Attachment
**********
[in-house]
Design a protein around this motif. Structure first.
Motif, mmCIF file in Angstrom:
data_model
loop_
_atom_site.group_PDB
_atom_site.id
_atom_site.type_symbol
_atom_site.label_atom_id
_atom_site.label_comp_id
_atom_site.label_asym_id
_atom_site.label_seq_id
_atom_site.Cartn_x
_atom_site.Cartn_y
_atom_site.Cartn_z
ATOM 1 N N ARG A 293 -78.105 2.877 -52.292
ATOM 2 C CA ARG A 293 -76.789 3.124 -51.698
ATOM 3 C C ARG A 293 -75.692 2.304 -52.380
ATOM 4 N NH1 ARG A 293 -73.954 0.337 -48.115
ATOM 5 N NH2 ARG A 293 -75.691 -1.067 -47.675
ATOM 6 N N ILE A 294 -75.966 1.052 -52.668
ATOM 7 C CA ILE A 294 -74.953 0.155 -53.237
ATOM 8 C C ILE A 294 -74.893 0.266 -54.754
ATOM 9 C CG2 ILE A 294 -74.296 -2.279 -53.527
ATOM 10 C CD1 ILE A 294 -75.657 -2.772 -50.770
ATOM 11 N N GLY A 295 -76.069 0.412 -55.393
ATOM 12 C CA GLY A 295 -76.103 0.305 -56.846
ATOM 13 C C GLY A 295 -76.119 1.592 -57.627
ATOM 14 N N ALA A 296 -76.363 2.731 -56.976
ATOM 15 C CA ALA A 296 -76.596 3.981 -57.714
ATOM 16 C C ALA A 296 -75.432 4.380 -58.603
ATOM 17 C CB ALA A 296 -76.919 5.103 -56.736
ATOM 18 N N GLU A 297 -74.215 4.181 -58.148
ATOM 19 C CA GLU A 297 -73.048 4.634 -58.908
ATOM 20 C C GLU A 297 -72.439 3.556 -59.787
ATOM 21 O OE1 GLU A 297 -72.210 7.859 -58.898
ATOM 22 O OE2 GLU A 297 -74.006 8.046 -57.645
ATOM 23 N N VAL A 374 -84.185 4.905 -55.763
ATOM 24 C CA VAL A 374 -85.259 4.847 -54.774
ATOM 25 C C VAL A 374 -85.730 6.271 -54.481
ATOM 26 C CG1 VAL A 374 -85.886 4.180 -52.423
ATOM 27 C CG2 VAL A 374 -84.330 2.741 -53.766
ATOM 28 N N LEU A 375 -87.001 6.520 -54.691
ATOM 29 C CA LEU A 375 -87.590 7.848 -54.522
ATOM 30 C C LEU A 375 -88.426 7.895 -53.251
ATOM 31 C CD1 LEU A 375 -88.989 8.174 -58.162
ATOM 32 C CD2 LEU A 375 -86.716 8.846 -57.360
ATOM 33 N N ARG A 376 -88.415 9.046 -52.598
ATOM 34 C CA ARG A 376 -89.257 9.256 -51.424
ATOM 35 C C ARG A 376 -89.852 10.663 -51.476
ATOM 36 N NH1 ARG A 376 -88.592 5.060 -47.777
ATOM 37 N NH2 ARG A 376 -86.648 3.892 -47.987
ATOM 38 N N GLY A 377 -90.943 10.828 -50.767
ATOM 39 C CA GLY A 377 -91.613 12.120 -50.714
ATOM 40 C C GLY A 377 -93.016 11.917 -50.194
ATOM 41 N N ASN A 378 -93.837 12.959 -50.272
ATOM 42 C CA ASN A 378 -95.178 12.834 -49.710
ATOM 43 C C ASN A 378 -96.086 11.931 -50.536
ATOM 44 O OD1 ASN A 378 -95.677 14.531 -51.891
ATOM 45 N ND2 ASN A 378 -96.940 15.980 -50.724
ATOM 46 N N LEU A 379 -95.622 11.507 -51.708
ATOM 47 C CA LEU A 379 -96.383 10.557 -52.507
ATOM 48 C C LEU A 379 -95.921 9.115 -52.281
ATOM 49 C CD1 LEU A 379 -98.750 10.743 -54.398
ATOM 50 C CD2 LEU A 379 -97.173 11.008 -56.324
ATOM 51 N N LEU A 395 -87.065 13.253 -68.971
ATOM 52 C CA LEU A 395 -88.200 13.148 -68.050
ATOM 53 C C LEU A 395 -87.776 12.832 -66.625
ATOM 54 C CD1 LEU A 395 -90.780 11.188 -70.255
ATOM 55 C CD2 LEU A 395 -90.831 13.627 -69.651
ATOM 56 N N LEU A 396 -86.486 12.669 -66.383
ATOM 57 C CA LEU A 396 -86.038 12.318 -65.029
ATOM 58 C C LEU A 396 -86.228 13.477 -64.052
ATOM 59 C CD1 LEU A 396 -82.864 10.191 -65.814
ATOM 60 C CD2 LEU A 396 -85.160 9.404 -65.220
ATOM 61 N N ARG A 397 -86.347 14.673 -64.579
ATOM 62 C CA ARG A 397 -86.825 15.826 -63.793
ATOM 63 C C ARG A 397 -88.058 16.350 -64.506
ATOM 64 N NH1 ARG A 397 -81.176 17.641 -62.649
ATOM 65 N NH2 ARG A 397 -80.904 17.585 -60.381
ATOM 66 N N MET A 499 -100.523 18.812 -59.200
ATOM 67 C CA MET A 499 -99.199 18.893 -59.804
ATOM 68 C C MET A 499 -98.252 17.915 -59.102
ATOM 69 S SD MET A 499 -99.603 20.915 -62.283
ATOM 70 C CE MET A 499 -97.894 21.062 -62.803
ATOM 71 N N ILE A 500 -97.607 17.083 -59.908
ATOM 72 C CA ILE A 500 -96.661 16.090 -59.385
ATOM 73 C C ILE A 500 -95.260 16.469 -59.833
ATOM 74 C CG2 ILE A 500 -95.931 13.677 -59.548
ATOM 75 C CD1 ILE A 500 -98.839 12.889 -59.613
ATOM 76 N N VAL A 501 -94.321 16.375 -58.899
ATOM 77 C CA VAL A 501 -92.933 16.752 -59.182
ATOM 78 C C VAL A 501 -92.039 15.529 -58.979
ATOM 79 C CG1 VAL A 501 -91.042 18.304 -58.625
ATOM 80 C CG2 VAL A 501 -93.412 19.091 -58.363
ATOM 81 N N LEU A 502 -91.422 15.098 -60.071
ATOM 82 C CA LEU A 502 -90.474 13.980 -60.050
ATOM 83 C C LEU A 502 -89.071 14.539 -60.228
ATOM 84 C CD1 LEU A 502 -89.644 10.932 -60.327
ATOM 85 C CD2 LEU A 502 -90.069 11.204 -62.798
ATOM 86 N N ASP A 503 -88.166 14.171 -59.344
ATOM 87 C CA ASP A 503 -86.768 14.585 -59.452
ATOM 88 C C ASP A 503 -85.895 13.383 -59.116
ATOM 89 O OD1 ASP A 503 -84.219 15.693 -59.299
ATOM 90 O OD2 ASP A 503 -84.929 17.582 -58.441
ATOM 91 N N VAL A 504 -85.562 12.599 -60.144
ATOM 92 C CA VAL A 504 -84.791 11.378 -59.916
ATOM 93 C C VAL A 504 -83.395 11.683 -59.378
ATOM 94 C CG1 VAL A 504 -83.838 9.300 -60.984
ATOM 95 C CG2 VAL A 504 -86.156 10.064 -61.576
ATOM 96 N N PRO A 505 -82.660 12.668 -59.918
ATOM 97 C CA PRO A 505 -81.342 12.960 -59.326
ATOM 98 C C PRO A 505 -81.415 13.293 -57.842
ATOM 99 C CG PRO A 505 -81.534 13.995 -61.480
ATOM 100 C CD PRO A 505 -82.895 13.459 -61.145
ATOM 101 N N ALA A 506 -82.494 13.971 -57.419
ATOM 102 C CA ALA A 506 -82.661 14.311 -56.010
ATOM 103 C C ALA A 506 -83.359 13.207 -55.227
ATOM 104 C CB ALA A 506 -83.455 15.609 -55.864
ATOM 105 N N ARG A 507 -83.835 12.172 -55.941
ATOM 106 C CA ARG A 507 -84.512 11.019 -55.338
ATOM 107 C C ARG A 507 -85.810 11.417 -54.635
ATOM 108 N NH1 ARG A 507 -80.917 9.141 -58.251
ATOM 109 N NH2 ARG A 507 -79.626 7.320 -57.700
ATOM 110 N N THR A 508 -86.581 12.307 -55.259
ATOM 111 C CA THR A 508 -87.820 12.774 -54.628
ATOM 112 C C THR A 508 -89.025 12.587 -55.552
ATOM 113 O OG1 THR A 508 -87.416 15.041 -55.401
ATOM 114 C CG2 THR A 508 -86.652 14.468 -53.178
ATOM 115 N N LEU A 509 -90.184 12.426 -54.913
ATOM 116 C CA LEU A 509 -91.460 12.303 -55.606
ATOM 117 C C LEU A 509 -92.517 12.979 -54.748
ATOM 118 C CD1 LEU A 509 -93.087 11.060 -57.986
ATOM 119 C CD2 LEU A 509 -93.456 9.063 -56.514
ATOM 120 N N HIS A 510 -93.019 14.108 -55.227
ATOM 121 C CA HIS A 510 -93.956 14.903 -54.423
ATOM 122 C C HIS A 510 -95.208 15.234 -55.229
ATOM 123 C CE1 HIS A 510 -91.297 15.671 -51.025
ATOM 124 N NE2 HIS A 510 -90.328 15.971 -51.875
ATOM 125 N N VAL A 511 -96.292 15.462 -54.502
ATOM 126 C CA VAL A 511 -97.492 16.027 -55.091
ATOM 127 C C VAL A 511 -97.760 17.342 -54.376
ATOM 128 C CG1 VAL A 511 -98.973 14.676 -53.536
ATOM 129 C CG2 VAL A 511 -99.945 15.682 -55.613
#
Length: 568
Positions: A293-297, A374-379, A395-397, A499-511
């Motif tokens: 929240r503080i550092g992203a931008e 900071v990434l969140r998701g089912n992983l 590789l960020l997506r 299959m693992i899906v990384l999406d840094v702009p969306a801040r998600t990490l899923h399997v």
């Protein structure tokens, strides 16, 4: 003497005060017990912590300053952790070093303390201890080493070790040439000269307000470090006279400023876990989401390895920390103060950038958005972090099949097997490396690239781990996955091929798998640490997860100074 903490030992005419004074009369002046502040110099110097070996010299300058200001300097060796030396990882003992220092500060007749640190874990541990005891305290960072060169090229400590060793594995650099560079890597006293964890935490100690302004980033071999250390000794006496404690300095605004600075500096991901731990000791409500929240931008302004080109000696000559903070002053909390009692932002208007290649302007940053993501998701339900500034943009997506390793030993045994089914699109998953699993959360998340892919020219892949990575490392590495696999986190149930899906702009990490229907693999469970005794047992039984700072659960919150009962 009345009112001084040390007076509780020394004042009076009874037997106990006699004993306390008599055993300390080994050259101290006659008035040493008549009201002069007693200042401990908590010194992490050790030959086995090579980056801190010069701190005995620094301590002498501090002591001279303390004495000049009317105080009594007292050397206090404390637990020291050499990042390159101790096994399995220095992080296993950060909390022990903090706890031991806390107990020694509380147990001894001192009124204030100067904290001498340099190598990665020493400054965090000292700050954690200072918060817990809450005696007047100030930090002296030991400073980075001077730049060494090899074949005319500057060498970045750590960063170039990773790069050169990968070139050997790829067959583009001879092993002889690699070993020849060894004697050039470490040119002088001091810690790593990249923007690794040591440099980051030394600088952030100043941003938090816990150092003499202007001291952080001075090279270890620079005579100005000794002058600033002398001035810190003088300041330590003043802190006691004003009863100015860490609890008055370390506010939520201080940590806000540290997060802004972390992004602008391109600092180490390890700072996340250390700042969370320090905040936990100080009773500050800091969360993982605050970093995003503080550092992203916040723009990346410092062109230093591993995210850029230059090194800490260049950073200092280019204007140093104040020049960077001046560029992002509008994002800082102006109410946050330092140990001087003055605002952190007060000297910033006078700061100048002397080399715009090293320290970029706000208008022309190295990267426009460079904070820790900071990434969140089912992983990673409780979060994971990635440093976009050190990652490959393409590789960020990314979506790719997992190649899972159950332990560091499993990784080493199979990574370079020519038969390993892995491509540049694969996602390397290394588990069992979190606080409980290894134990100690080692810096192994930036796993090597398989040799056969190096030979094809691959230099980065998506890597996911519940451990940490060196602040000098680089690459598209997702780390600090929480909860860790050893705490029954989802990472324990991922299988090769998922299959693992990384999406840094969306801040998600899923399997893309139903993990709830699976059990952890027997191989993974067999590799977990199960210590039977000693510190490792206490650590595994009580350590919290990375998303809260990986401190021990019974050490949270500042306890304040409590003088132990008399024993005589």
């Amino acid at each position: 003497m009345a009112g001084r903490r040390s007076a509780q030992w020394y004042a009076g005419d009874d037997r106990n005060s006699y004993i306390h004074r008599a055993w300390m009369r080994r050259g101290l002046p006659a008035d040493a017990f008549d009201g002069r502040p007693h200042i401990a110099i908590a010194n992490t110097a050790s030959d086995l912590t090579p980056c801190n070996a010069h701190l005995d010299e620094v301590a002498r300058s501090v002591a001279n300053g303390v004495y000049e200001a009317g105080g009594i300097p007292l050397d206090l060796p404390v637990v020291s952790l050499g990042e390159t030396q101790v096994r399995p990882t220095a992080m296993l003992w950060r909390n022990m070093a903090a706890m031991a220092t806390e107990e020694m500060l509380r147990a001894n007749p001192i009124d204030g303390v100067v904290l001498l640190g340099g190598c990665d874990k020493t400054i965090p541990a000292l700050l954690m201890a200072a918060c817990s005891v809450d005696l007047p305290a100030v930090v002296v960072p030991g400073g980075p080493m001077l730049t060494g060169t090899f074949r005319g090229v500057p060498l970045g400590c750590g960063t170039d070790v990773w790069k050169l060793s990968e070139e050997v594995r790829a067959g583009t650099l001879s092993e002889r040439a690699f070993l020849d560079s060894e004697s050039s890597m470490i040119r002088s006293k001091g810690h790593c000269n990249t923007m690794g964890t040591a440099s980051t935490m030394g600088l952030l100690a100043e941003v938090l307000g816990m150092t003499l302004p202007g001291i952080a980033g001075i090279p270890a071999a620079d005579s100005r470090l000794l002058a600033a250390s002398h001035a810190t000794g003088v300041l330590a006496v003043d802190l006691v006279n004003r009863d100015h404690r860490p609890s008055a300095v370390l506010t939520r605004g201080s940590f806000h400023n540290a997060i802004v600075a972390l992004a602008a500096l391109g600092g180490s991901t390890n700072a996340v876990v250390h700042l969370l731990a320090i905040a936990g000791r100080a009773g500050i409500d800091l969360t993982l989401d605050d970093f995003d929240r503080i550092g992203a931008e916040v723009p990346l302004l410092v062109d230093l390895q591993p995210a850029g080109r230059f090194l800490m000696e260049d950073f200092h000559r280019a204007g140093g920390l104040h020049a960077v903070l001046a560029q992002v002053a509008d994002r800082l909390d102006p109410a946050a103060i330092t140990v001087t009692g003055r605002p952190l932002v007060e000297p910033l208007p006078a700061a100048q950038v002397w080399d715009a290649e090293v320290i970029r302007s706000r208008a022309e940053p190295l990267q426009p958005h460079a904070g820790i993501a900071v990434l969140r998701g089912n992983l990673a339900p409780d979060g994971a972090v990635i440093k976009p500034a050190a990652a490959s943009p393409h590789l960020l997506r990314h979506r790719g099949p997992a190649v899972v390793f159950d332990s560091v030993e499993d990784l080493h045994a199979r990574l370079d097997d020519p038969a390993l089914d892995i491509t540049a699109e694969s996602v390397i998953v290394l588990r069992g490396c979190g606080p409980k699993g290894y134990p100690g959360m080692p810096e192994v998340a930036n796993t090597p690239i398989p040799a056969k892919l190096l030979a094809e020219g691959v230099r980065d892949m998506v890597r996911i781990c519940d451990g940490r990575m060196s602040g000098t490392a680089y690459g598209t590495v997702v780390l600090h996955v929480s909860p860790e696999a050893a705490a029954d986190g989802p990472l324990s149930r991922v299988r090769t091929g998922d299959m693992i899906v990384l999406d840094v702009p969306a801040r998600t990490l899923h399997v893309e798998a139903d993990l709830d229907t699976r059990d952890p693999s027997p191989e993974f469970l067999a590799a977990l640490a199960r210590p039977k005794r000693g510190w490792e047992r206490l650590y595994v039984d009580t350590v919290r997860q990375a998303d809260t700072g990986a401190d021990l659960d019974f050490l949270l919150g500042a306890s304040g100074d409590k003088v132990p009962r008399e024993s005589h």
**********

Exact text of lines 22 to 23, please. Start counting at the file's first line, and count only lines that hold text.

ATOM 7 C CA ILE A 294 -74.953 0.155 -53.237
ATOM 8 C C ILE A 294 -74.893 0.266 -54.754